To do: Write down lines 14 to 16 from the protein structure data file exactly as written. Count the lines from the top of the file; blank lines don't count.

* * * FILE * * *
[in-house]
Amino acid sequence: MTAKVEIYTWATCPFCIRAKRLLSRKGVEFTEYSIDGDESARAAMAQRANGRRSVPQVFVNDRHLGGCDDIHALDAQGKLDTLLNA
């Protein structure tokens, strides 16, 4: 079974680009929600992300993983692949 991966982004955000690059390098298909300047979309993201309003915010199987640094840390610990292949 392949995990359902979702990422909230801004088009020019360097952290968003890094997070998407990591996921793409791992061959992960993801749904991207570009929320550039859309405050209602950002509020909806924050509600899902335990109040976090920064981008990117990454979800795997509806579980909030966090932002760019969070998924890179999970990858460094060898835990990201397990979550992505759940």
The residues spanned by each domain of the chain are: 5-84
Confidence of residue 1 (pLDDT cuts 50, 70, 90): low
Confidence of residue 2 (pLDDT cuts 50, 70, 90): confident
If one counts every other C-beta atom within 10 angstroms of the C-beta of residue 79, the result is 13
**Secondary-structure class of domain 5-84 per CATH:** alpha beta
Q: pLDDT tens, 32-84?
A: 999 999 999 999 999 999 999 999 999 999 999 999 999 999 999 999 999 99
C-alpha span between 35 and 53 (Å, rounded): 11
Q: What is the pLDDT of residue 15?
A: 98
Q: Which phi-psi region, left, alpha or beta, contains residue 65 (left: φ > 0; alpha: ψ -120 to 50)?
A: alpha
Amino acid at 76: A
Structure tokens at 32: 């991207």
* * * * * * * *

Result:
Q: Which phi-psi region, left, alpha or beta, contains residue 65 (left: φ > 0; alpha: ψ -120 to 50)?
A: alpha
Amino acid at 76: A